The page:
But the questions now is:

  • Do we all always check that nothing is written on the database until we click "save"? and "Does the user care?"

I know I always try to check that if and only if the save button is clicked I save... but I have met lots of other developers that do not care... if for example, they have to add new addresses to the customer they write the new addresses into the database the moment they create them (from inside the edit customer ui!) and after the "cancel" button is clicked, this to many relationship is not rollbacked... they just don't care...

Now... I have to admit that I have done this sometimes (when in a extreme hurry to deliver a new form) , and "i feel" like it is enough if I add a message box warning (of those the user never reads) saying "if you add a new address all your changes will be committed to the database" ... the user, as always, just dismisses the warning and proceeds to add addresses... and perhaps click cancel later... nevertheless as soon as I have time, I fix the form so that it only saves when the save button is clicked... (and sometimes, with complex nested UIs that is a pretty hard job)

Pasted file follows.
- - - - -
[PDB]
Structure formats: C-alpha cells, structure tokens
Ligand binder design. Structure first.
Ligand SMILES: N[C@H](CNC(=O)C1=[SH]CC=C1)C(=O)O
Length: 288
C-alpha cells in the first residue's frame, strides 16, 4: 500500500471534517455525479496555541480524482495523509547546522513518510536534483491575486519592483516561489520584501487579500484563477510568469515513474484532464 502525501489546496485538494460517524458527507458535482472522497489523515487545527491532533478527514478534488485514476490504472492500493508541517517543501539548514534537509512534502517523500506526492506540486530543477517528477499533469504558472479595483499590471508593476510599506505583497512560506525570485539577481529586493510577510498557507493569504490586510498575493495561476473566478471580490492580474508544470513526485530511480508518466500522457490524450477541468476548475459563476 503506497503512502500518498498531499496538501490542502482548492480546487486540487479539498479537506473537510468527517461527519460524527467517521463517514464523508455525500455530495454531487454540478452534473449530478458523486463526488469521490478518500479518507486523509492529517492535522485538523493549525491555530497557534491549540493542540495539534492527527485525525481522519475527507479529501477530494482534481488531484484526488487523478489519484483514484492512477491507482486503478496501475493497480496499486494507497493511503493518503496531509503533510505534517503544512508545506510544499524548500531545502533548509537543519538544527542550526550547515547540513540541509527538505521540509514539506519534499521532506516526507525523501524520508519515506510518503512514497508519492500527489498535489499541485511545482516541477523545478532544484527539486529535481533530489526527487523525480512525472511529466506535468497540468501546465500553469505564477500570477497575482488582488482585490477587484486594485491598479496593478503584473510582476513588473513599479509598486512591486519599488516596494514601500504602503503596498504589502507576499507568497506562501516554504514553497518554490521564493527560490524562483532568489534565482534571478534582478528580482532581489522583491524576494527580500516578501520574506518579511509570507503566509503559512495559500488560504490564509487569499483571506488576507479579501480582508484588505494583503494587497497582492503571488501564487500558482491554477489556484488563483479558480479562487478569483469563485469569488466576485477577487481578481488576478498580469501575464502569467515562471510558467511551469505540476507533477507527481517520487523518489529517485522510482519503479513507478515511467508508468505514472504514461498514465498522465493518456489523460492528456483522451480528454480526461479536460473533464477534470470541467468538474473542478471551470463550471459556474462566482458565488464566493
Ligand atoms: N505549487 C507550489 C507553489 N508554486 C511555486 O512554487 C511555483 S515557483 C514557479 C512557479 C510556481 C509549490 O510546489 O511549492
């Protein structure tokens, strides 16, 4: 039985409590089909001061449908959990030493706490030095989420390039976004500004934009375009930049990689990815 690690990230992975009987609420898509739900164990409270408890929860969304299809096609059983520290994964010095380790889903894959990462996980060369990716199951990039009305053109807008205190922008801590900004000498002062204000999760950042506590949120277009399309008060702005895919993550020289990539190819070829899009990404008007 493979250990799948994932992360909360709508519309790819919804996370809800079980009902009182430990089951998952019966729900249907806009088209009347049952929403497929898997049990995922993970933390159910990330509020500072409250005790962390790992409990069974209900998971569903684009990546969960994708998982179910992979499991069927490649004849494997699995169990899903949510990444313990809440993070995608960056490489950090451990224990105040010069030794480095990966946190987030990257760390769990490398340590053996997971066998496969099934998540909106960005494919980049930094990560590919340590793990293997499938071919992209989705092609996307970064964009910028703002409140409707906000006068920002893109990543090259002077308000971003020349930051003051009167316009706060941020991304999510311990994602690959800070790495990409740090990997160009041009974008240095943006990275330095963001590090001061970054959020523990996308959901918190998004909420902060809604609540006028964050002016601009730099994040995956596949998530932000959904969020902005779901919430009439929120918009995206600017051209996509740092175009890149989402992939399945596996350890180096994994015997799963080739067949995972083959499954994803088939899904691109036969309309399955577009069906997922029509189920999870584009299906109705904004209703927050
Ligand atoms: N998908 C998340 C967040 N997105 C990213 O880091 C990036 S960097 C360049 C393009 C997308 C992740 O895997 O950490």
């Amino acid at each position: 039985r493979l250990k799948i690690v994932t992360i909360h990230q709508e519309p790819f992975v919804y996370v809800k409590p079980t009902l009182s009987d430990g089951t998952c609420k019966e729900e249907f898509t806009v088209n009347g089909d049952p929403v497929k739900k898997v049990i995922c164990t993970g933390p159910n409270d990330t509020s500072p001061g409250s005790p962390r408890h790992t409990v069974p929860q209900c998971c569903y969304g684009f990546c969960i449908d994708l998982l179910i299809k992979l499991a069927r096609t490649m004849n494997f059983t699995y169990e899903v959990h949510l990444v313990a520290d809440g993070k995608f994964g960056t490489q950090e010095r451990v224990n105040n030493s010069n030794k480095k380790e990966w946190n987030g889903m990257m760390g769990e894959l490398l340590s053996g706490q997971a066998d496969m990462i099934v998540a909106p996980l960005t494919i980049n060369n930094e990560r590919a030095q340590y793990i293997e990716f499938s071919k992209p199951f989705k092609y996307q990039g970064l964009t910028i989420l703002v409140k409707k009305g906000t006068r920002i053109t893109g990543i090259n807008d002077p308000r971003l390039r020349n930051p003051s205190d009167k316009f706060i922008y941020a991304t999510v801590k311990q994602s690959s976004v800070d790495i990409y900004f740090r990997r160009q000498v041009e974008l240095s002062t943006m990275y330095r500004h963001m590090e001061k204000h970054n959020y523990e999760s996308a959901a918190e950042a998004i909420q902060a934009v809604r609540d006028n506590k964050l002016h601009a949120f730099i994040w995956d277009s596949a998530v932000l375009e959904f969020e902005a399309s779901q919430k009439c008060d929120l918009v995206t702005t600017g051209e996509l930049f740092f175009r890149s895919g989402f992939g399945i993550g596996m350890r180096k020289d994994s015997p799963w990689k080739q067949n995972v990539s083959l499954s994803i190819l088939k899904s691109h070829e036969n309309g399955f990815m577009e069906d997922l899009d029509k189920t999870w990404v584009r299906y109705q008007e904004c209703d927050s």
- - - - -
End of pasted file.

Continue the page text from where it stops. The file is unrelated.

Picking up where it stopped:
But... the thing is that I have seen lots of systems built with the idea "if you write it on the screen, and you do as much as click any button your changes will be saved" I have seen it specially in web based systems, but also in smartclients... and I have had the opportunity to hear all kinds of complains of this systems, and I have even replaced some of them with "only if you click save you save" systems... but I have never heard a single user saying "it is nice that the cancel button really works now" or "i hated the previous system because I clicked cancel and it saved my changes" but... strangely I have heard some of them complaining "I added 50 addresses to a customer, and then by mistake i clicked cancel, and then by mistake again I answered "yes" to the question "Are you sure you want to cancel your changes" and my changes were lost!!!!